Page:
Need proof that the political network funded by billionaire Charles Koch is breaking up with some Republicans, just when its plentiful campaign contributions could help score victories in November's midterm elections?
Consider U.S. Rep. Lou Barletta's lagging challenge to U.S. Sen. Bob Casey, compared with former State Sen. Scott Wagner's challenge to Gov. Wolf's bid for reelection.
Both Republicans, Barletta from Hazleton and Wagner from York, won enthusiastic endorsements from President Trump during an Aug. 2 rally in Wilkes-Barre.
That came less than a week after the donor network founded by Koch and his brother, David, met in Colorado Springs and publicly distanced itself from Trump. Barletta was one Republican singled out for criticism there, according to the Washington Post.
To the Koch network, Trump has become too "divisive."
In response, the president tweeted, "The globalist Koch Brothers, who have become a total joke in Republican circles, are against Strong Borders and Powerful Trade."
Barletta's Senate race could present an opportunity for Americans for Prosperity, started in 2004 with funding from the Koch brothers, whose private, Kansas-based conglomerate has businesses with interests ranging from manufacturing to energy to finance.
A Morning Consult tracking poll for the midterm elections found in July that just a third of Pennsylvania's voters think Casey, a Scranton Democrat, deserves reelection, while 43 percent approve of the job he is doing in the Senate and 32 percent disapprove.
Still, an average of polls in the race, compiled by the website Real Clear Politics shows Casey with a 16-point lead, mostly because the challenger is unknown in many parts of the state.
That gives Barletta a real shot in shifting the narrative, if he has the resources to tell his story or some benefactor who can help from outside.
That's exactly the sort of help the AFP is known for.
Wagner faces the same rough road as Barletta. The Real Clear Politics polling average shows he too trails by 16 points in his bid to unseat Wolf, a Democrat from Mount Wolf.
AFP announced last week that it would oppose Wolf on Wagner's behalf, a potentially substantial boost in outside funding in the race.
And Barletta? AFP launched a campaign on May 24, nine days after Barletta easily won the Republican nomination for the Senate race, to "hold accountable" the four-term congressman for his support of a $1.3 trillion omnibus budget package in March.
That included a mailer that said: "Barletta voted to increase waste that helped push spending to more than $4 trillion this year alone."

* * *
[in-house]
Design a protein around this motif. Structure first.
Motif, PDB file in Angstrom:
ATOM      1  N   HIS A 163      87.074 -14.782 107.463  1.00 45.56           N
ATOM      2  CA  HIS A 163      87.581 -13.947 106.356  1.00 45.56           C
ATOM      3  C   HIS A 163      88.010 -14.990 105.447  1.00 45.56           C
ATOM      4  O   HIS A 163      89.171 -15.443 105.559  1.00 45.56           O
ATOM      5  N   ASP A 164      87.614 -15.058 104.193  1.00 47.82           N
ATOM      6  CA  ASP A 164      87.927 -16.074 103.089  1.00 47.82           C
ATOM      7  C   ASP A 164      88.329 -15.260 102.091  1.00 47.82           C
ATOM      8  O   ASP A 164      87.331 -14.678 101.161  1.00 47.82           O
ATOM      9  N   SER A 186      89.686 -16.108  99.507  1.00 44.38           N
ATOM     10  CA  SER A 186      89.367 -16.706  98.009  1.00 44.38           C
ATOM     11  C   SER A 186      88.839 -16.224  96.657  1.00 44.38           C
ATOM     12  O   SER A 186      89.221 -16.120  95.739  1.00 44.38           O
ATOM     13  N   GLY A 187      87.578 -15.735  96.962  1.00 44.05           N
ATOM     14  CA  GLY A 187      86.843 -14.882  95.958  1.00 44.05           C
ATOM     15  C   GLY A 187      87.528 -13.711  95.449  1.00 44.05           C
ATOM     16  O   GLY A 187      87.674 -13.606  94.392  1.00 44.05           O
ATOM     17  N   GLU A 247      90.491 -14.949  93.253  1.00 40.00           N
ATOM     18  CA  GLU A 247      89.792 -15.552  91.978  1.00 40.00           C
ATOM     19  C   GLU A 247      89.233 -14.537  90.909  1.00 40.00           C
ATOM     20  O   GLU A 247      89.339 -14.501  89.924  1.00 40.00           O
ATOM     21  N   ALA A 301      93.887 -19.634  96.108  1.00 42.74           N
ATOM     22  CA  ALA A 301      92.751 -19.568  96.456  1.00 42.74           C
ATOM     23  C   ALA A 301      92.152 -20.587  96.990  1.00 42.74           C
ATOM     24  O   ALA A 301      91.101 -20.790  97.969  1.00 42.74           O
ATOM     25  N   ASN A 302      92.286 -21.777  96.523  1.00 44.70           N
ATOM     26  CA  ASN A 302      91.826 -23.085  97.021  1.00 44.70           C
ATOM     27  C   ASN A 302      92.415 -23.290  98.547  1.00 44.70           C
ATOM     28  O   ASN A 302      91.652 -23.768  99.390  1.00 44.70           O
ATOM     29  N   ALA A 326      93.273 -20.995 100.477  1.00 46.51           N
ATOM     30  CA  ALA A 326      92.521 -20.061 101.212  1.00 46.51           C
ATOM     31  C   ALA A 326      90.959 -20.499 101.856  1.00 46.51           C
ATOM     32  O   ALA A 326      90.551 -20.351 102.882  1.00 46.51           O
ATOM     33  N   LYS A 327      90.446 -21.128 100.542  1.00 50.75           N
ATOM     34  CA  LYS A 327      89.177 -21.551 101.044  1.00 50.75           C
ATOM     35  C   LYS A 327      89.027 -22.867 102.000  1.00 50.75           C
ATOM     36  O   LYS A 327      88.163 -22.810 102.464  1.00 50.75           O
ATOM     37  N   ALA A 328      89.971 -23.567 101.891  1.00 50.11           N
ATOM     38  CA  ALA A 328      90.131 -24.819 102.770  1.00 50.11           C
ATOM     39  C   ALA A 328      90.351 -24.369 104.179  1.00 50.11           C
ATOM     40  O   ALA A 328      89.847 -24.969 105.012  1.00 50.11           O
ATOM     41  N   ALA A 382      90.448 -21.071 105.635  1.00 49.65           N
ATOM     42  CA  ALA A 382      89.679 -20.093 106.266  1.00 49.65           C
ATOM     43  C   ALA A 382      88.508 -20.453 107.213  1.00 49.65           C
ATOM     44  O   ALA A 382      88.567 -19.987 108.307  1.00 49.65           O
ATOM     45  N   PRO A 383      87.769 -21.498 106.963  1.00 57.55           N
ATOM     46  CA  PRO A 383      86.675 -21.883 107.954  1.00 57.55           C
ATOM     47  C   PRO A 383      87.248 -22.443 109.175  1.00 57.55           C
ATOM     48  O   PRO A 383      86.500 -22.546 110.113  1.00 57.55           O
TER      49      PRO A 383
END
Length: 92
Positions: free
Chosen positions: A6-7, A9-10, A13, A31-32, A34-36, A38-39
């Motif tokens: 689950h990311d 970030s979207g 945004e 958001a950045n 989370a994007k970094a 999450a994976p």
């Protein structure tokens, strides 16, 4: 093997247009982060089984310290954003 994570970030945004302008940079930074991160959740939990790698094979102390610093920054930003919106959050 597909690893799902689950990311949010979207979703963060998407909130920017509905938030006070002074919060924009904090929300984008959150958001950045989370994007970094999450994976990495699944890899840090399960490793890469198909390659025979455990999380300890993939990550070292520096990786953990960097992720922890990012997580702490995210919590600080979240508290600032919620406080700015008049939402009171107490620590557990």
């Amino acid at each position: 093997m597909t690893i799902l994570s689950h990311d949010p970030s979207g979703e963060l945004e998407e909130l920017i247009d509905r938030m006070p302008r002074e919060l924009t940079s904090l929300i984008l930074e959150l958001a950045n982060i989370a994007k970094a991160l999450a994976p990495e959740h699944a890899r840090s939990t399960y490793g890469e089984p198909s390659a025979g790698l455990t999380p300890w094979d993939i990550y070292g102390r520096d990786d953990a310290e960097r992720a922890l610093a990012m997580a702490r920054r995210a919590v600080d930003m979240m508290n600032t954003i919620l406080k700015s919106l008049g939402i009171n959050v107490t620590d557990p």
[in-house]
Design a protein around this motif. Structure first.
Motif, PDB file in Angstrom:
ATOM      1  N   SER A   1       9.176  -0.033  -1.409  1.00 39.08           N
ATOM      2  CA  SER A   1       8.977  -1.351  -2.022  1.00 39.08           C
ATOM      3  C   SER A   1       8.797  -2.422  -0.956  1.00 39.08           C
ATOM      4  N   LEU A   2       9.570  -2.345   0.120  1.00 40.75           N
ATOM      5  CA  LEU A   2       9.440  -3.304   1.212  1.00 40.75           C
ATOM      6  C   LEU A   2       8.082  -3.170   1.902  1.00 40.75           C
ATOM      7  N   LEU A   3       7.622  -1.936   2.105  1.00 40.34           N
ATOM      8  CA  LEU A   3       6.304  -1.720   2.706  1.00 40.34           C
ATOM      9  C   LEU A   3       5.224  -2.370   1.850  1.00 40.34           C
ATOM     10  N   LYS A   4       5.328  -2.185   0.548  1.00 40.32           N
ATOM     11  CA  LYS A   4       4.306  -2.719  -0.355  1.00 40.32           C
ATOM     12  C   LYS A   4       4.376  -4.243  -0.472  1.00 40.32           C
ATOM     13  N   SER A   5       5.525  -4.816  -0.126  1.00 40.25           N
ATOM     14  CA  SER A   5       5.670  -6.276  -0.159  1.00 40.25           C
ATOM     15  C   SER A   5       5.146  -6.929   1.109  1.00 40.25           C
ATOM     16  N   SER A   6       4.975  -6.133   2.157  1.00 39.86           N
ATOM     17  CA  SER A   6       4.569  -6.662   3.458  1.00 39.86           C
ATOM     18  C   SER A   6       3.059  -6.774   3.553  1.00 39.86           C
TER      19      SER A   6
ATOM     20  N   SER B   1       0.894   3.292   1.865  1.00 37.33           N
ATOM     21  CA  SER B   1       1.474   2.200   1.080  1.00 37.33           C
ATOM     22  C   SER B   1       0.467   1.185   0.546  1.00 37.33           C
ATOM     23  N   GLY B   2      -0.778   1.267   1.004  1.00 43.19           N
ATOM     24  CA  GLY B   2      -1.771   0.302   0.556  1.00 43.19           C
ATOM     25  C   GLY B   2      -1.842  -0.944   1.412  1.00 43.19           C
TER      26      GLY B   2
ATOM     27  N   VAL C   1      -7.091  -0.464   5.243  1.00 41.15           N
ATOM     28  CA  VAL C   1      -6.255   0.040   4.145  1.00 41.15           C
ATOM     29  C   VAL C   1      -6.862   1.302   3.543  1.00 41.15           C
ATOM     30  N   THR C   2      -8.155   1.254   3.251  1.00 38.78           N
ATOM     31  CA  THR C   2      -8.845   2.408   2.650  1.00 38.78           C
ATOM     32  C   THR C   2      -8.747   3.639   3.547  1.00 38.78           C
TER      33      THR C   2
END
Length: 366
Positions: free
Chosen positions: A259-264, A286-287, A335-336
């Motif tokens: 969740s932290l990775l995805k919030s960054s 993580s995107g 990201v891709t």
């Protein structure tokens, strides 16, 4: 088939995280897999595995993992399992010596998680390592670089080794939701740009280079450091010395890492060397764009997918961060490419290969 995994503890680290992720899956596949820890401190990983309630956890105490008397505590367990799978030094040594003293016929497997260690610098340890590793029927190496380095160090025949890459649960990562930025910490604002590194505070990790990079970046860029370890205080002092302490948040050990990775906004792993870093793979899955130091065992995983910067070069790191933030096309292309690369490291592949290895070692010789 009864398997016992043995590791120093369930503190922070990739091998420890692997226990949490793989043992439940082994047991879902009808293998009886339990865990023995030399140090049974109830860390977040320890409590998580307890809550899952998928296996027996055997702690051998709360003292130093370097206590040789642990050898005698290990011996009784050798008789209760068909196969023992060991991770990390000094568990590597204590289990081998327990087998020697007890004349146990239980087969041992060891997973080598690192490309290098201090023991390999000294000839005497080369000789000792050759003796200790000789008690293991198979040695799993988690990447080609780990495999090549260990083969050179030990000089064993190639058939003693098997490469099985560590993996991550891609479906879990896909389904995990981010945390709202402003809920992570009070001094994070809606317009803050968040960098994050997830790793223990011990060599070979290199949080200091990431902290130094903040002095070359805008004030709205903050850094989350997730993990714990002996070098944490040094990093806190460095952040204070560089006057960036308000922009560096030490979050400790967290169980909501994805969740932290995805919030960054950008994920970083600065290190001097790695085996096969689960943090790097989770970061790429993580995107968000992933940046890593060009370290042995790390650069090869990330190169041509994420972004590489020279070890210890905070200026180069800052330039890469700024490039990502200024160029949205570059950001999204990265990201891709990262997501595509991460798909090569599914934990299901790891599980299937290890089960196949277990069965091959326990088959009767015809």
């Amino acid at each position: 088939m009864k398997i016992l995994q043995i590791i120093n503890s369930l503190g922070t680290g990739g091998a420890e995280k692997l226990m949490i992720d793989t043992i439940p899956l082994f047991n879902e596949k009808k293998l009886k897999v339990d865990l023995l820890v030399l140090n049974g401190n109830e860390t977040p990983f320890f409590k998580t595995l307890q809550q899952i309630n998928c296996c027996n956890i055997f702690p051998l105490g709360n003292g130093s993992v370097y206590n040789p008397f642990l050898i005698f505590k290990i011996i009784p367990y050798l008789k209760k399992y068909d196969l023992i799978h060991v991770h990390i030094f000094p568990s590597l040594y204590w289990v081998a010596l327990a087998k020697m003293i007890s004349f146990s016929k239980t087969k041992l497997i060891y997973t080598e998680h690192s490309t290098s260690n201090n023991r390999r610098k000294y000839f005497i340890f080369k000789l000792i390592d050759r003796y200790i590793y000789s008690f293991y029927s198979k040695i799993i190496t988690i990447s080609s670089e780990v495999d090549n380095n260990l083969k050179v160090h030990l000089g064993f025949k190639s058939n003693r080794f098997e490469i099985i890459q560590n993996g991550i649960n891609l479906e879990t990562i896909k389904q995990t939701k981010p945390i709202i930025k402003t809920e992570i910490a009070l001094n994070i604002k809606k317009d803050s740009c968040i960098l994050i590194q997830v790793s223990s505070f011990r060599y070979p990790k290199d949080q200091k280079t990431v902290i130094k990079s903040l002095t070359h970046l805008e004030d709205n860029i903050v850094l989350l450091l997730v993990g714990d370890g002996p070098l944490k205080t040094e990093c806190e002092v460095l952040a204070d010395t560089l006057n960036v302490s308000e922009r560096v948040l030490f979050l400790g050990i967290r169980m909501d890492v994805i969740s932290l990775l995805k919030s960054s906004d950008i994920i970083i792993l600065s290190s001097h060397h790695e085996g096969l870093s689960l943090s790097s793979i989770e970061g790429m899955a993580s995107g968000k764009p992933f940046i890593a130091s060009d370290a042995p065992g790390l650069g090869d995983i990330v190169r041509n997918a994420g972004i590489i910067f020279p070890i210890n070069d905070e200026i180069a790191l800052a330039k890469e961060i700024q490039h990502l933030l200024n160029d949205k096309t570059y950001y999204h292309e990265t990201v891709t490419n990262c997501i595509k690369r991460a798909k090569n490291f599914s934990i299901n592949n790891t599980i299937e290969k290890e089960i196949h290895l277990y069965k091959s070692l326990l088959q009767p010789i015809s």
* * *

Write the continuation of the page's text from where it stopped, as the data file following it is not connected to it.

Larry Sabato, director of the University of Virginia's Center for Politics, said that March budget vote was "exactly what AFP has stood against for many, many years." So the group took action, he said.
"They've decided to move away from too close an association with the Republican Party," Sabato said. "When the AFP takes a stand, I've learned, they stick with it. Come what may. They face the consequences. They're tough."
AFP has demonstrated electoral power before in Pennsylvania. The group supported U.S. Sen. Pat Toomey, a Lehigh County Republican who narrowly won a second term in 2016 over Katie McGinty, a Democrat from Wayne.
AFP poured nearly $2.6 million into independent expenditures to oppose McGinty, according to Federal Election Commission records.
Beth Ann Mumford, AFP's state director in Pennsylvania, said the group hasn't "made any announcement on the Senate race," though she did tout its support for Wagner.
"We have also spent the summer making tens of thousands of calls and door knocks urging folks to call Sen. Casey and ask him to support Judge Kavanaugh's confirmation to the U.S. Supreme Court and work to make tax reform permanent," Mumford added in an email.
Barletta could certainly use AFP's help. Campaign finance reports filed in mid-July showed he had $1.6 million in the bank, compared with Casey's $9.8 million.
Sabato, who prognosticates political races on a website he calls Sabato's Crystal Ball, said Republicans in Washington who follow Senate races see Casey in a strong position to hold off Barletta. That could be another factor in AFP staying on the sidelines in the race.
Barletta has tried to make the best of AFP's criticism, using it to paint himself as more of a centrist than Casey.